We were soon driving through the early morning traffic on our way to Temple Baptist Church. When we reached the church we were ushered into a large dining room where breakfast was soon to be served. What a welcome we received. Preachers were shaking hands, talking, getting acquainted and having a good time.
I still remember the hot biscuits, bacon, eggs and coffee we were served for breakfast. After breakfast we were registered and assigned to homes where we were to lodge. Then there was more visiting and fellowshipping until Sunday school time.
Soon we preachers crossed the street to the main auditorium of the Temple Baptist Church. There I attended the largest Sunday school class I had ever seen. There were about 2 thousand adults, including the preachers who had arrived for the meeting. Dr. G. B. Vick taught the class, and it was a blessing to hear him.
I can never forget the service that followed, the great crowd, Dr. Norris’ commanding presence, veteran missionary, Fred Donnelson and family, Oscar Wells and others who had miraculously escaped from Communist China, Dr. Norris’ exceeding tenderness as he brought them to the platform and presented them to the great audience, the great singing, the sermon Dr. Norris preached—and the invitation. I had never seen so many people saved in one service. More than 70 people confessed faith in Christ in that one service. I was overwhelmed. I thought Dr. Norris had preached an average sermon. The invitation had seemed almost indifferent, yet more than 70 people had been saved. The service that night was a repeat performance, great singing, an average sermon, a poor invitation, and more than 30 people made a profession of faith. Again I was amazed. I had never seen such results before.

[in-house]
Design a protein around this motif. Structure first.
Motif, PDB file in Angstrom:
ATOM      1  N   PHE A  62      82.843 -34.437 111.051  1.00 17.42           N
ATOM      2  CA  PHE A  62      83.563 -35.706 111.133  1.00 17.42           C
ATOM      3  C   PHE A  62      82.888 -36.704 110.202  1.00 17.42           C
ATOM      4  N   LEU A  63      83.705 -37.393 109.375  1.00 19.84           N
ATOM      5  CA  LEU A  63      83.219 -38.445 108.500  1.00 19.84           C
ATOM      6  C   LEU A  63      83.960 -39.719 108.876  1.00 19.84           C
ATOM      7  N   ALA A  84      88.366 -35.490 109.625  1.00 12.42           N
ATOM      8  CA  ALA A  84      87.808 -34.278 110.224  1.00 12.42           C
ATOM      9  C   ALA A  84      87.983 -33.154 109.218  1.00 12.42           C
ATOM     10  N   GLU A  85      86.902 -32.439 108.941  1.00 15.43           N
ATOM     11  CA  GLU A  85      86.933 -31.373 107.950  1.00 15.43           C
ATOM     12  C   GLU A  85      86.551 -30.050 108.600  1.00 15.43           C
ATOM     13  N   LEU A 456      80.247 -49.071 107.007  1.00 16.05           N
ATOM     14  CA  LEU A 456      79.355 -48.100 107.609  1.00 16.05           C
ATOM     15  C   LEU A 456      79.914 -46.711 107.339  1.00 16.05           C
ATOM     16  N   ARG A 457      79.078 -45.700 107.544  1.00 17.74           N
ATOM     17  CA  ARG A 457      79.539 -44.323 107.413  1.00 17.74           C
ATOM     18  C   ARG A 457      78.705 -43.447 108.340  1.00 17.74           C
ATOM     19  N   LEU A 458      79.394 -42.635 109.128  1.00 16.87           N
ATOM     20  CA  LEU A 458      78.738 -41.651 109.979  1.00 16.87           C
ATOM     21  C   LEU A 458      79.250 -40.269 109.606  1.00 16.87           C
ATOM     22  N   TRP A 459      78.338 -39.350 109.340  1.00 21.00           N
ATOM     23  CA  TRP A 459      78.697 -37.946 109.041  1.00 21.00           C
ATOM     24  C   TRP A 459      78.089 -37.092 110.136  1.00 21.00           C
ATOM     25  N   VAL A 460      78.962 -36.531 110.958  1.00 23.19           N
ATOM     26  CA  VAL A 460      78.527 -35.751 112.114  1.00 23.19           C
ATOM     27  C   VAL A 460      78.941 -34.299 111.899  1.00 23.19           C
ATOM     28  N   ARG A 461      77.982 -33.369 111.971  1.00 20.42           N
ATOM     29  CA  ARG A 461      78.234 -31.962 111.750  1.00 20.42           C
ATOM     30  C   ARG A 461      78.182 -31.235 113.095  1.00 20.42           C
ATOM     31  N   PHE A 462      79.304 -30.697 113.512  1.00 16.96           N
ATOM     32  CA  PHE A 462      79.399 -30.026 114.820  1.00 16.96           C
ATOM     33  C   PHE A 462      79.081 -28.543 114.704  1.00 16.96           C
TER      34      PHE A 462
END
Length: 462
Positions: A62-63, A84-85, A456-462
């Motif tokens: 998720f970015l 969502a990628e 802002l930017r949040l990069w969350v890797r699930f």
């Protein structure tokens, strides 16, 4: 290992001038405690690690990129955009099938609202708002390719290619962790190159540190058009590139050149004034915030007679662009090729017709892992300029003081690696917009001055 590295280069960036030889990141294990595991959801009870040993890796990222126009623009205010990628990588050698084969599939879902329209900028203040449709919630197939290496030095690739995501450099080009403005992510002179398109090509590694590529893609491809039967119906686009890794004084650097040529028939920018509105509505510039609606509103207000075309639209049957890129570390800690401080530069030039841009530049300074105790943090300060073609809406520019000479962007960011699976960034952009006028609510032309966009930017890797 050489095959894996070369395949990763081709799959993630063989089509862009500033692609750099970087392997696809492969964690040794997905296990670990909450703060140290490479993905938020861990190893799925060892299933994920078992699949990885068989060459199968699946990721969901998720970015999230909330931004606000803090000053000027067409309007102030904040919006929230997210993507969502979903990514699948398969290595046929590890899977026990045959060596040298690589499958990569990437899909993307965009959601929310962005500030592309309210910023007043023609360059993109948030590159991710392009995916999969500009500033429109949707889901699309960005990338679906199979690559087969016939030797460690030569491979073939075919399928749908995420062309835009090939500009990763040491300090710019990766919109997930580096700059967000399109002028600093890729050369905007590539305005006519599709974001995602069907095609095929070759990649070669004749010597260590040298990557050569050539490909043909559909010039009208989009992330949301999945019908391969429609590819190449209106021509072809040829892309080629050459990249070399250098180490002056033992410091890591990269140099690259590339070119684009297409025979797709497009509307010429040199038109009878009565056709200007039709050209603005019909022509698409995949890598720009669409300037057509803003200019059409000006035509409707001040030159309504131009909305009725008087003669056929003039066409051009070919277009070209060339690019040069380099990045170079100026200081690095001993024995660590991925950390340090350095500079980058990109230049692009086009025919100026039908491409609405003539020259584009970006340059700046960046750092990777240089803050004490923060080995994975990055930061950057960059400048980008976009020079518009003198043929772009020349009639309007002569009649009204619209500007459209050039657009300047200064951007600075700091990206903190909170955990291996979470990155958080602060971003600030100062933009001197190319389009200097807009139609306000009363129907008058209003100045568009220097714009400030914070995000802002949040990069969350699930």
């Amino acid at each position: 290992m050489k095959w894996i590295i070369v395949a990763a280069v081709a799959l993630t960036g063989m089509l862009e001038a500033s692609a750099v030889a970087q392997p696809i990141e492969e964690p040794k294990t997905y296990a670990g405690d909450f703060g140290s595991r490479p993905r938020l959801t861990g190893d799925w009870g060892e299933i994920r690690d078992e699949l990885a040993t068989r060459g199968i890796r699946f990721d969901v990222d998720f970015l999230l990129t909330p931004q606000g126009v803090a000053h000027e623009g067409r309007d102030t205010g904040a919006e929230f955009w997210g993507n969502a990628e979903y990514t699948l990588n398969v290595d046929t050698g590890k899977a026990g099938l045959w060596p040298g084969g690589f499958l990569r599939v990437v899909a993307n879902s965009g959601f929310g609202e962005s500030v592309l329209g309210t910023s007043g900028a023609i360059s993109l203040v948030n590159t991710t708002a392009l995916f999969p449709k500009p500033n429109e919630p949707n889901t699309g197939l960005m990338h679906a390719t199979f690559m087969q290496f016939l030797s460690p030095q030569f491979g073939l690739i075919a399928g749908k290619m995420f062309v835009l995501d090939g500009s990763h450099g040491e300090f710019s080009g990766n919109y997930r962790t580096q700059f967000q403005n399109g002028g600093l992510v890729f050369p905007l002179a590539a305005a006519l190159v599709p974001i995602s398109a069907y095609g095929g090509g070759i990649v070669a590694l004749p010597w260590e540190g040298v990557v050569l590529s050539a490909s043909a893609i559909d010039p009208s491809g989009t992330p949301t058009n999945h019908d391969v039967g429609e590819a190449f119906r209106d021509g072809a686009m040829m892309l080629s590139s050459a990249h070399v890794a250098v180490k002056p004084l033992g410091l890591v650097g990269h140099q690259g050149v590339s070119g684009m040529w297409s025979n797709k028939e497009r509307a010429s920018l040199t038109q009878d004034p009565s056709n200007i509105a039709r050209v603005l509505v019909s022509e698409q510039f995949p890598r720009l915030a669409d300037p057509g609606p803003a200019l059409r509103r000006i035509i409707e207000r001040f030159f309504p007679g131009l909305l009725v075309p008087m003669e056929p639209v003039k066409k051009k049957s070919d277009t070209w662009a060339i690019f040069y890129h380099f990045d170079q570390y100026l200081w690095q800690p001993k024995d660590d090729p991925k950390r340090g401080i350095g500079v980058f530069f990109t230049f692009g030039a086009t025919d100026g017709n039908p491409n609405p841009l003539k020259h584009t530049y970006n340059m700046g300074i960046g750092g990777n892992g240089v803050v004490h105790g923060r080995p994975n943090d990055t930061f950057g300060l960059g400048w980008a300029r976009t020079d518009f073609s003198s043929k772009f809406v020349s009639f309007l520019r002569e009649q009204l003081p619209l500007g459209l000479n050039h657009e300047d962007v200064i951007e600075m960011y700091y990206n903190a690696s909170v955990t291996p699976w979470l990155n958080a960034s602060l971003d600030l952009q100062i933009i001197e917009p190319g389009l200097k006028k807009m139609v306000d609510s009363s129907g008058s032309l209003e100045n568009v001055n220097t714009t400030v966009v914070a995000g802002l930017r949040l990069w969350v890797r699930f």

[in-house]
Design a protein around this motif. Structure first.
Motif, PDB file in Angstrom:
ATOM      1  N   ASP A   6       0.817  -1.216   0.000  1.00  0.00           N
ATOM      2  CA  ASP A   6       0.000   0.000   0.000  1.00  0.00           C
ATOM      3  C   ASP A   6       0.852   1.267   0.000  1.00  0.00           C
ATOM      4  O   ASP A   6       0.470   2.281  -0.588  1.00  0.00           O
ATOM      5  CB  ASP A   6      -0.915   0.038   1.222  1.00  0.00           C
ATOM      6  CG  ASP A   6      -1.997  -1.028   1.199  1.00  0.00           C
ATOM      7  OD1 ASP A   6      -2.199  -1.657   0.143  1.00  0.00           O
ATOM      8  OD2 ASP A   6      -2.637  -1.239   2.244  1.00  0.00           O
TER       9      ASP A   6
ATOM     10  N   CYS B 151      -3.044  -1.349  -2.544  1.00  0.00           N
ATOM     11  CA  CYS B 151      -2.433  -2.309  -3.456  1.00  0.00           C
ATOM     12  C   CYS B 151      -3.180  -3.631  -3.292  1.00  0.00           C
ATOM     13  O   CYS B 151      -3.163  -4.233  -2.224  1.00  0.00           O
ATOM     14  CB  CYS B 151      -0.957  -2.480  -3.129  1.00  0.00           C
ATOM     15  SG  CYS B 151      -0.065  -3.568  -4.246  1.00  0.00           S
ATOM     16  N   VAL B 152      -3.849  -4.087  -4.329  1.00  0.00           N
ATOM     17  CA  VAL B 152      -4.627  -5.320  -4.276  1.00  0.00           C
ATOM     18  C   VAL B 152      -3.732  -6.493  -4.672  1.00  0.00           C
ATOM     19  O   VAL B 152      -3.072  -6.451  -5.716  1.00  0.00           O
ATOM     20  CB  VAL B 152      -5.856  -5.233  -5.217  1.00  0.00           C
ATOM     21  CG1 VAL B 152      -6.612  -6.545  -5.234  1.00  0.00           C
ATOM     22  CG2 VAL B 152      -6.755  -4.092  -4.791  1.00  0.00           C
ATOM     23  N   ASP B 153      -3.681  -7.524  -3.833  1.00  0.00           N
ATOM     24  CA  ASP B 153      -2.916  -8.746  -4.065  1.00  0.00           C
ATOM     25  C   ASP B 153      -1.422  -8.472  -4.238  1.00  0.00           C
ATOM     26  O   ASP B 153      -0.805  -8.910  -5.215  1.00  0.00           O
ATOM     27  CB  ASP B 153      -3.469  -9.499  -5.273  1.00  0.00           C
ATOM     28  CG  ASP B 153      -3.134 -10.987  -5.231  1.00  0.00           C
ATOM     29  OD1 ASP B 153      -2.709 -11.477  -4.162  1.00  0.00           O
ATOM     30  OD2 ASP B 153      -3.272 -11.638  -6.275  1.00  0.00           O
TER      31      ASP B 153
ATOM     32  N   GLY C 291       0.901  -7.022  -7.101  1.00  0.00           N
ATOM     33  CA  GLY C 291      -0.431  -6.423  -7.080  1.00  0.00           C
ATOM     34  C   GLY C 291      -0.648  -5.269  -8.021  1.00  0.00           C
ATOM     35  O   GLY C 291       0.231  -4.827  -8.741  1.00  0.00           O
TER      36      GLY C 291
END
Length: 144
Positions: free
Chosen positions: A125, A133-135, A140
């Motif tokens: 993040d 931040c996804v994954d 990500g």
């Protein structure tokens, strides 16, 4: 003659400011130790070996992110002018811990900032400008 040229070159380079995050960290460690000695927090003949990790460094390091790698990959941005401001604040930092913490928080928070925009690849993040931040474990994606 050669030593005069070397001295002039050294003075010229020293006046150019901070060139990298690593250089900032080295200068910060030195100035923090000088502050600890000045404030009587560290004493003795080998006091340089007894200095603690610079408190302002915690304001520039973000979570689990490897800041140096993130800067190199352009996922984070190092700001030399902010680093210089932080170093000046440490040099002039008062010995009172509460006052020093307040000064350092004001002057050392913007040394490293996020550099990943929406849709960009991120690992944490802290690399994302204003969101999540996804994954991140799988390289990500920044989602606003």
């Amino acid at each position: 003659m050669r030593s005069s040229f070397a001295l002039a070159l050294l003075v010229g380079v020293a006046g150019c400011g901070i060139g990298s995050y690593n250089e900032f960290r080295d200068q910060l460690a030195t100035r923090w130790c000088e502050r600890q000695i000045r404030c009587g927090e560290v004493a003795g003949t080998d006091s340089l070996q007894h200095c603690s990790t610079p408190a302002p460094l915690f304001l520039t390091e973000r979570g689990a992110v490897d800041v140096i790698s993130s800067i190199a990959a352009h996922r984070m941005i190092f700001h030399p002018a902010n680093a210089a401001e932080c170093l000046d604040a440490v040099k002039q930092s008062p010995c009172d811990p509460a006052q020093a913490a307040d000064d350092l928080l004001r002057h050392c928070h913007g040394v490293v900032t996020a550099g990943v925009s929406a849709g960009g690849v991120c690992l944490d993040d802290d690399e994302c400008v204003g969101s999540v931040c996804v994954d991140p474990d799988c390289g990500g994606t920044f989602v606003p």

That night I went home with the church family I was to stay with. I could hardly wait until I was seated in the living room with my host so I could ask him the questions that were clamoring for answers.
“Do you have people saved in your church every Sunday?” I asked as soon as we were seated. He told me that the numbers were not always as great, but that they did indeed have people saved every Sunday.
“How do you do it?” was my next question.
“Let me take myself as an example,” he replied. “I work for Ford Motor Company to pay expenses, but my business is serving God. There are hundreds of others in our church who do the same. They work in various places, but their business is serving the Lord.
“In our church something goes on almost every night. Sunday night and Wednesday night we have services. Other nights people meet for prayer. Then they go out two by two from door to door to win souls. When someone gets saved they follow up and get them in church the next Sunday if at all possible. Then they sit with them, or near them, and pray for them while the pastor preaches. When the invitation starts, they say to them, ‘Come on, let’s go,’ and they lead them down the aisle to make their public profession of faith. That is how we do it.”
That week I learned more about winning souls and building a church than I had ever learned before.